Tuesday, June 3, 2008

TIME WARNER TO TEST RATIONED INTERNET SERVICE

AP - New Time Warner Cable Internet subscribers in Beaumont, Texas, will have monthly allowances for the amount of data they upload and download. Those who go over will be charged $1 per gigabyte, a Time Warner Cable executive told the Associated Press. Metered billing is an attempt to deal fairly with Internet usage, which is very uneven among Time Warner Cable's subscribers, said Kevin Leddy, Time Warner Cable's executive vice president of advanced technology. Just 5 percent of the company's subscribers take up half of the capacity on local cable lines, Leddy said. Other cable Internet service providers report a similar distribution.

Metered usage is common overseas, and other U.S. cable providers are looking at ways to rein in heavy users. Most have download caps, but some keep the caps secret so as not to alarm the majority of users, who come nowhere close to the limits. Time Warner Cable appears to be the first major ISP to charge for going over the limit: Other companies warn, then suspend, those who go over.

Phone companies are less concerned about congestion and are unlikely to impose metered usage on DSL customers, because their networks are structured differently.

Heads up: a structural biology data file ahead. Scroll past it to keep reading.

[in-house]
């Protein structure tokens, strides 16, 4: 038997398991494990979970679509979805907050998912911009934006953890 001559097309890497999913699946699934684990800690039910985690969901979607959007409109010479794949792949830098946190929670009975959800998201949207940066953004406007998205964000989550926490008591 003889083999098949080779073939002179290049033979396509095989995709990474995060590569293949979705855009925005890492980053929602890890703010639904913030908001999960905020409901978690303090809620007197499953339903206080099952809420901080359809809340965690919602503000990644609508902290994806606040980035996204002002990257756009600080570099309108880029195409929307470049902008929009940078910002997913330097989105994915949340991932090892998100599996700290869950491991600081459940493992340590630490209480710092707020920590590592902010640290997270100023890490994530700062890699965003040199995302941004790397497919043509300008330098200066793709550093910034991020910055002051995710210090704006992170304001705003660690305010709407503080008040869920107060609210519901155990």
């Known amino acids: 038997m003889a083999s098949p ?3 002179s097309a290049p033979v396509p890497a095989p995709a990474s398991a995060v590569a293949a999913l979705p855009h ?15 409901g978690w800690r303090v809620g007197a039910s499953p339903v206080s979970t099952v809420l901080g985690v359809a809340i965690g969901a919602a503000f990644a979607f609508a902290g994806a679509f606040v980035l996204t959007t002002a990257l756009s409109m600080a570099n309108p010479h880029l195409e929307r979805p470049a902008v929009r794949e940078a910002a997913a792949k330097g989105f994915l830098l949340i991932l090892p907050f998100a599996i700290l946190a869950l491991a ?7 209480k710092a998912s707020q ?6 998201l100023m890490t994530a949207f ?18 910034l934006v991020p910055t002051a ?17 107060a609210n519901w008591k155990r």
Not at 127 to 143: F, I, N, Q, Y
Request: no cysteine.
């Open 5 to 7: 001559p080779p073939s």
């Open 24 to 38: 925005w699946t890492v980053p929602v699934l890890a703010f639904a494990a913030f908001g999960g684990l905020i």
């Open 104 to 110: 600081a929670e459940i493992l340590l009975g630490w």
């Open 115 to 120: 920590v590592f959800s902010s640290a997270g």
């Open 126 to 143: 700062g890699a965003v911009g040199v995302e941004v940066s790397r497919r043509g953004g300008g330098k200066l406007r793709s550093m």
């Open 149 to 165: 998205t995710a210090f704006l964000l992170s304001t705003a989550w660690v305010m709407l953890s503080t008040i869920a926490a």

Time Warner Cable had said in January that it was planning to conduct the trial in Beaumont, but did not give any details. On Monday, Leddy said its tiers will range from $29.95 a month for relatively slow service at 768 kilobits per second and a 5-gigabyte monthly cap to $54.90 per month for fast downloads at 15 megabits per second and a 40-gigabyte cap. Those prices cover the Internet portion of subscription bundles that include video or phone services. Both downloads and uploads will count toward the monthly cap.

Those who mainly do Web surfing or e-mail have little reason to pay attention to the traffic caps: a gigabyte is about 3,000 Web pages, or 15,000 e-mails without attachments. But those who download movies or TV shows will want to pay attention. A standard-definition movie can take up 1.5 gigabytes, and a high-definition movie can be 6 to 8 gigabytes.

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